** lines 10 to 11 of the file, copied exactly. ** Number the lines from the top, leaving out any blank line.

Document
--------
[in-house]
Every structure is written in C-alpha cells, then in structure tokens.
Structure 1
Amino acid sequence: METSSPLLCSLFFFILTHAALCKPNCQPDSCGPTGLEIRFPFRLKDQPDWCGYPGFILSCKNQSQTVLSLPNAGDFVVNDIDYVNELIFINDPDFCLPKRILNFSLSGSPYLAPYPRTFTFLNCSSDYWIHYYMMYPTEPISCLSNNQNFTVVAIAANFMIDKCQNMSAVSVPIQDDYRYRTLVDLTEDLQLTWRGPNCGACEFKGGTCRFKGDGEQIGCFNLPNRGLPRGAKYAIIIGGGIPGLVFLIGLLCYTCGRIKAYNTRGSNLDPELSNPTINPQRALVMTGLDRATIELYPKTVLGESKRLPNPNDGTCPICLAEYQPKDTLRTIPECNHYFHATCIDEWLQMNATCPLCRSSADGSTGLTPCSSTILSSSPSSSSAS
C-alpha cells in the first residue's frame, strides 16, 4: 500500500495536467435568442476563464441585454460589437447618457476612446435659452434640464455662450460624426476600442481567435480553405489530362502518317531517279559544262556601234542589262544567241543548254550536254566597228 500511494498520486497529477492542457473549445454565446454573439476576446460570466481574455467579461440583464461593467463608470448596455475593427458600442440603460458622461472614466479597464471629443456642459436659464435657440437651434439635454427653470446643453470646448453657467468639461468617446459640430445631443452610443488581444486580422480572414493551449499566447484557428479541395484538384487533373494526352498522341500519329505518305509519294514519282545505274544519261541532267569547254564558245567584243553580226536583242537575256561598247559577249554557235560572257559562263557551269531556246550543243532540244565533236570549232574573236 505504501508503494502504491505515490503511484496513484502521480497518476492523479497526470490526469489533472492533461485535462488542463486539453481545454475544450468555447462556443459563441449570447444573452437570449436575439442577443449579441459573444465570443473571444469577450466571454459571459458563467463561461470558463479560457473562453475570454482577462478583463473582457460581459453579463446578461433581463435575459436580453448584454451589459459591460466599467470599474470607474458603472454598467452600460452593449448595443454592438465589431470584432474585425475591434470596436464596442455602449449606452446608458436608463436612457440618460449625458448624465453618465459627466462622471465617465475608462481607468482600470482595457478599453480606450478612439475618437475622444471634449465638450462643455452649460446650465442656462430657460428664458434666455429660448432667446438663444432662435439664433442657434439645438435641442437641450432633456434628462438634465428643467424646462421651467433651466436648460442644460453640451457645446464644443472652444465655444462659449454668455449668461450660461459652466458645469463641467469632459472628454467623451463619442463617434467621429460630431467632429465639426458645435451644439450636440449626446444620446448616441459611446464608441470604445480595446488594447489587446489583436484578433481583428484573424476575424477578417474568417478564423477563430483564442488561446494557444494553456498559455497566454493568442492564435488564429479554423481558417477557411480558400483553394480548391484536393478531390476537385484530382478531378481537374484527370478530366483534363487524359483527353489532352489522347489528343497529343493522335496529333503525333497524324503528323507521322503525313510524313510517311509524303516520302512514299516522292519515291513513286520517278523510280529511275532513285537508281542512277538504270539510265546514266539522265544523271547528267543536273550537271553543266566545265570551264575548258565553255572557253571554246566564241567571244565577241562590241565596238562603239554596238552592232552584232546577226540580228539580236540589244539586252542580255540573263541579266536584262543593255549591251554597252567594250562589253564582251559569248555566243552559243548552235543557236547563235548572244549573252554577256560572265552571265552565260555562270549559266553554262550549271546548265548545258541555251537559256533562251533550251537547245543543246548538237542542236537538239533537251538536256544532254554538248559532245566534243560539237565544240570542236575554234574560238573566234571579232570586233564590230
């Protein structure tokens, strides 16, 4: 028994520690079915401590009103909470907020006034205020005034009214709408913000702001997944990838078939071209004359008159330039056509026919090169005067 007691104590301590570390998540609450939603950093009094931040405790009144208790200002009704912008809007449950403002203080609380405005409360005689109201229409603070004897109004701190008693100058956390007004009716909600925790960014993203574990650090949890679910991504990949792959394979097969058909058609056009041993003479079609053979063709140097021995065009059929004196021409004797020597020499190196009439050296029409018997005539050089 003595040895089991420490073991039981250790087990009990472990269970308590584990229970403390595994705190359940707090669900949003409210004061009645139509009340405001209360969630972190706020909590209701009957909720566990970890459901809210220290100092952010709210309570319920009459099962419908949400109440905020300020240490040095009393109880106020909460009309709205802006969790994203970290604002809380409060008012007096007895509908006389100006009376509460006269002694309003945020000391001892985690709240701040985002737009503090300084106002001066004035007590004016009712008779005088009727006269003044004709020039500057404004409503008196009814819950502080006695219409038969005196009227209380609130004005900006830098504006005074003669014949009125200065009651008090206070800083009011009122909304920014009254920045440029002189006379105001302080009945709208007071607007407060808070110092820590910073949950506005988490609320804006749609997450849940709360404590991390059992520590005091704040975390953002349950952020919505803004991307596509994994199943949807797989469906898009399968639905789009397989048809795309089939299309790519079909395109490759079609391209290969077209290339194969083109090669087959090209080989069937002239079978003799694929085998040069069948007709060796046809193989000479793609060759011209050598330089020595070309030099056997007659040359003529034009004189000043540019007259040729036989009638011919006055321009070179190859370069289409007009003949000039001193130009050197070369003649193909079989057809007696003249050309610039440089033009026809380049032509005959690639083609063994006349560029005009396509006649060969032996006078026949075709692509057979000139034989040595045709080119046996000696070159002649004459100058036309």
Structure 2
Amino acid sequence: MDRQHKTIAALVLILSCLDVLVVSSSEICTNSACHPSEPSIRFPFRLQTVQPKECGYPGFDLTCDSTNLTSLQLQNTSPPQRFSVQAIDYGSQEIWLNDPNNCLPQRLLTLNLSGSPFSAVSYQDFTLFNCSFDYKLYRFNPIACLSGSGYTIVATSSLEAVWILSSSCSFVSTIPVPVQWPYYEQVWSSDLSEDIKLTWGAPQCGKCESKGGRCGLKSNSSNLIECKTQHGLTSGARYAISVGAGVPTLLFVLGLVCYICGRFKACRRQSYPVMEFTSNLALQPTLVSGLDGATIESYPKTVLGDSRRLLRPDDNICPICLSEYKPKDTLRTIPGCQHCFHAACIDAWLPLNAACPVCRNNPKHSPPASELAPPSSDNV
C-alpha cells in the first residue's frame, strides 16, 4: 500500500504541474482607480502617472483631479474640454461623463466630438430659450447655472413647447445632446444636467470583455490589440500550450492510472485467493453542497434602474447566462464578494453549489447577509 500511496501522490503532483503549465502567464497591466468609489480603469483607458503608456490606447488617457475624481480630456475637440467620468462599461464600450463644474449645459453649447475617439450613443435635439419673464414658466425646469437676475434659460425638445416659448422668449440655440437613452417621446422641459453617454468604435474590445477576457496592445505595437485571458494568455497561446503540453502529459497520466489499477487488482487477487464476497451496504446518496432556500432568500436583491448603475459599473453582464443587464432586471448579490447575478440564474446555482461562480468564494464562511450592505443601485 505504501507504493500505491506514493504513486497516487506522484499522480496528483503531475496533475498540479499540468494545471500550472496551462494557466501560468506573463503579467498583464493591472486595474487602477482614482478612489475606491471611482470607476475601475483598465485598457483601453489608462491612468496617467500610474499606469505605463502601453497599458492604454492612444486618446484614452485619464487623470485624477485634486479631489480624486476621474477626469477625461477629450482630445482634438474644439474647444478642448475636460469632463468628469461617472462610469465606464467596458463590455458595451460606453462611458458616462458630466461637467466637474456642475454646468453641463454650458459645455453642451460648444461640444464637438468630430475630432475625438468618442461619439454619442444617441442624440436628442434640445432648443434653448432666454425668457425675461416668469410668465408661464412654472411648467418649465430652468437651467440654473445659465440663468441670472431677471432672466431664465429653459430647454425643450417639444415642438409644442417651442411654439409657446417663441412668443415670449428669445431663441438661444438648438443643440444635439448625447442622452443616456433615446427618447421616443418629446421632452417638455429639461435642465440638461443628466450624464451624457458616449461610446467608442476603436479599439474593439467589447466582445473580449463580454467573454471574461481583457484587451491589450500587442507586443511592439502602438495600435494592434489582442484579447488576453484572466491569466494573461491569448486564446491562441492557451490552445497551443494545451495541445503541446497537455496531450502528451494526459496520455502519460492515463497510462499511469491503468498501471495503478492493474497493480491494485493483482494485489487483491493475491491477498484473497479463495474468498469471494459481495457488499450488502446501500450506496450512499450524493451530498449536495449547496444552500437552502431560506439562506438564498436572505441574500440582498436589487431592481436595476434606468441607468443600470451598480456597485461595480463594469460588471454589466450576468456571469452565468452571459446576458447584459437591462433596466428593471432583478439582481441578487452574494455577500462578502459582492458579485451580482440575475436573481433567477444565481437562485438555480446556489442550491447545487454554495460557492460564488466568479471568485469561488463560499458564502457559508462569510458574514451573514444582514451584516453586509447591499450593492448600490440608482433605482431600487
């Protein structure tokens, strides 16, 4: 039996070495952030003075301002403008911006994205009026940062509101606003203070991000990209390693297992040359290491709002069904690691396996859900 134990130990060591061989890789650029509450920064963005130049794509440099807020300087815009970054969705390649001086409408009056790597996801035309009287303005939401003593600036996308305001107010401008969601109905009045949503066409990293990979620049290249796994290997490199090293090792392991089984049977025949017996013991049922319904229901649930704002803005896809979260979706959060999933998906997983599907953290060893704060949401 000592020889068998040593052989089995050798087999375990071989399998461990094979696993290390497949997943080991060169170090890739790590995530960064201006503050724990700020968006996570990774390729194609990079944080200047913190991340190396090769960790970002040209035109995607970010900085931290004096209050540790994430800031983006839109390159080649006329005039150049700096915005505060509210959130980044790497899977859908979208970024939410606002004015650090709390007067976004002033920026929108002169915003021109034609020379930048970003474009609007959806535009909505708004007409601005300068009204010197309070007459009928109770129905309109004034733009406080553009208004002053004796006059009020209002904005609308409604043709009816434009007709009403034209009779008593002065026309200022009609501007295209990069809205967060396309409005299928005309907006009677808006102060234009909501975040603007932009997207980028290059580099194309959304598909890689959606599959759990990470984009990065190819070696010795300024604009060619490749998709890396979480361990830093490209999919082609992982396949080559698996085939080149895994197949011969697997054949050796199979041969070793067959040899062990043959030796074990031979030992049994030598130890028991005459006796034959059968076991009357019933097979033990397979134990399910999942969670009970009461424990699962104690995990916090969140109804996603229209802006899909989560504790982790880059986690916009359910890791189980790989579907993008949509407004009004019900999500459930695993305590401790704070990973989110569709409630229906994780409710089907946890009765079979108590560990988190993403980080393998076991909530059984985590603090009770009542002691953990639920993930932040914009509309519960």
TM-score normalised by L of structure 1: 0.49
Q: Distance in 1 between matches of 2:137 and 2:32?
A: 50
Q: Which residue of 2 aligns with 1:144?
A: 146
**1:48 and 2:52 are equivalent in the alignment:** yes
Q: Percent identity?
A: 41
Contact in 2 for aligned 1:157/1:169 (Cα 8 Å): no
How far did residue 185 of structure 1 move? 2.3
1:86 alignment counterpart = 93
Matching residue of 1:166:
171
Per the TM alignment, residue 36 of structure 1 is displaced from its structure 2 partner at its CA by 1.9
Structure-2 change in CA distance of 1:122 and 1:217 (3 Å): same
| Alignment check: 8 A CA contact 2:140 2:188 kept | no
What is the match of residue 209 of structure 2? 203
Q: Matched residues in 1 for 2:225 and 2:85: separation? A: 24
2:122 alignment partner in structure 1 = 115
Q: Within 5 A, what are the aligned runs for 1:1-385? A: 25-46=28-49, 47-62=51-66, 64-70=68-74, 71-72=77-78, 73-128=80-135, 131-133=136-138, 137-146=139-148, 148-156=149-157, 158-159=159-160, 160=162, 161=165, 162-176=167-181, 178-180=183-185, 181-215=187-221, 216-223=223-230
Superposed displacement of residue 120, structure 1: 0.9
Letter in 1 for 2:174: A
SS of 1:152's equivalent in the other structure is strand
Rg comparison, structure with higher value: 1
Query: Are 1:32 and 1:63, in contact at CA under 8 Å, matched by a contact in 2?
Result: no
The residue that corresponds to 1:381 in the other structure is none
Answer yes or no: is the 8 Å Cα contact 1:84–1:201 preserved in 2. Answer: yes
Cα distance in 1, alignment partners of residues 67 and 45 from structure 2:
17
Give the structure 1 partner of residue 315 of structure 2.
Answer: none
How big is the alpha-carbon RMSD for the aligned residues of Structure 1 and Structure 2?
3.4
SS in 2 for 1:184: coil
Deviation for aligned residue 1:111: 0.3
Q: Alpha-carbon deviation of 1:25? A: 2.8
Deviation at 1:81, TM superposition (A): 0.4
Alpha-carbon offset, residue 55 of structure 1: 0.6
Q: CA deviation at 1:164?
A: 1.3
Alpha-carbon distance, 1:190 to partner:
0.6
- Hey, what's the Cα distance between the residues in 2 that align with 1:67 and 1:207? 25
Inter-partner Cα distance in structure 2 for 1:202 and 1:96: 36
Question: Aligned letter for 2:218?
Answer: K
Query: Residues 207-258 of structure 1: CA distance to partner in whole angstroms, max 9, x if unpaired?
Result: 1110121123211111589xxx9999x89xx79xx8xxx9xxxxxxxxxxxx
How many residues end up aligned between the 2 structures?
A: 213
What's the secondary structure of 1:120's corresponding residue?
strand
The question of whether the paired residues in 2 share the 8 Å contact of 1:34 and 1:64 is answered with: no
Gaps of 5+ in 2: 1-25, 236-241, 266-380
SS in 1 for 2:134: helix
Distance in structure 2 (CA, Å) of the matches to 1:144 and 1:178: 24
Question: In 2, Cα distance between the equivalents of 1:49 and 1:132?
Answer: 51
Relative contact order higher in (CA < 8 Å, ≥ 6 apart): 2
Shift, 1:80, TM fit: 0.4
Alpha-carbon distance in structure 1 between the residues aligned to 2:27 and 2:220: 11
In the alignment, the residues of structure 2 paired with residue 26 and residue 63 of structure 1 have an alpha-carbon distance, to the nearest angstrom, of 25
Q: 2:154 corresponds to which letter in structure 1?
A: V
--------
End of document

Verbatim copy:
């Protein structure tokens, strides 16, 4: 039996070495952030003075301002403008911006994205009026940062509101606003203070991000990209390693297992040359290491709002069904690691396996859900 134990130990060591061989890789650029509450920064963005130049794509440099807020300087815009970054969705390649001086409408009056790597996801035309009287303005939401003593600036996308305001107010401008969601109905009045949503066409990293990979620049290249796994290997490199090293090792392991089984049977025949017996013991049922319904229901649930704002803005896809979260979706959060999933998906997983599907953290060893704060949401 000592020889068998040593052989089995050798087999375990071989399998461990094979696993290390497949997943080991060169170090890739790590995530960064201006503050724990700020968006996570990774390729194609990079944080200047913190991340190396090769960790970002040209035109995607970010900085931290004096209050540790994430800031983006839109390159080649006329005039150049700096915005505060509210959130980044790497899977859908979208970024939410606002004015650090709390007067976004002033920026929108002169915003021109034609020379930048970003474009609007959806535009909505708004007409601005300068009204010197309070007459009928109770129905309109004034733009406080553009208004002053004796006059009020209002904005609308409604043709009816434009007709009403034209009779008593002065026309200022009609501007295209990069809205967060396309409005299928005309907006009677808006102060234009909501975040603007932009997207980028290059580099194309959304598909890689959606599959759990990470984009990065190819070696010795300024604009060619490749998709890396979480361990830093490209999919082609992982396949080559698996085939080149895994197949011969697997054949050796199979041969070793067959040899062990043959030796074990031979030992049994030598130890028991005459006796034959059968076991009357019933097979033990397979134990399910999942969670009970009461424990699962104690995990916090969140109804996603229209802006899909989560504790982790880059986690916009359910890791189980790989579907993008949509407004009004019900999500459930695993305590401790704070990973989110569709409630229906994780409710089907946890009765079979108590560990988190993403980080393998076991909530059984985590603090009770009542002691953990639920993930932040914009509309519960």
TM-score normalised by L of structure 1: 0.49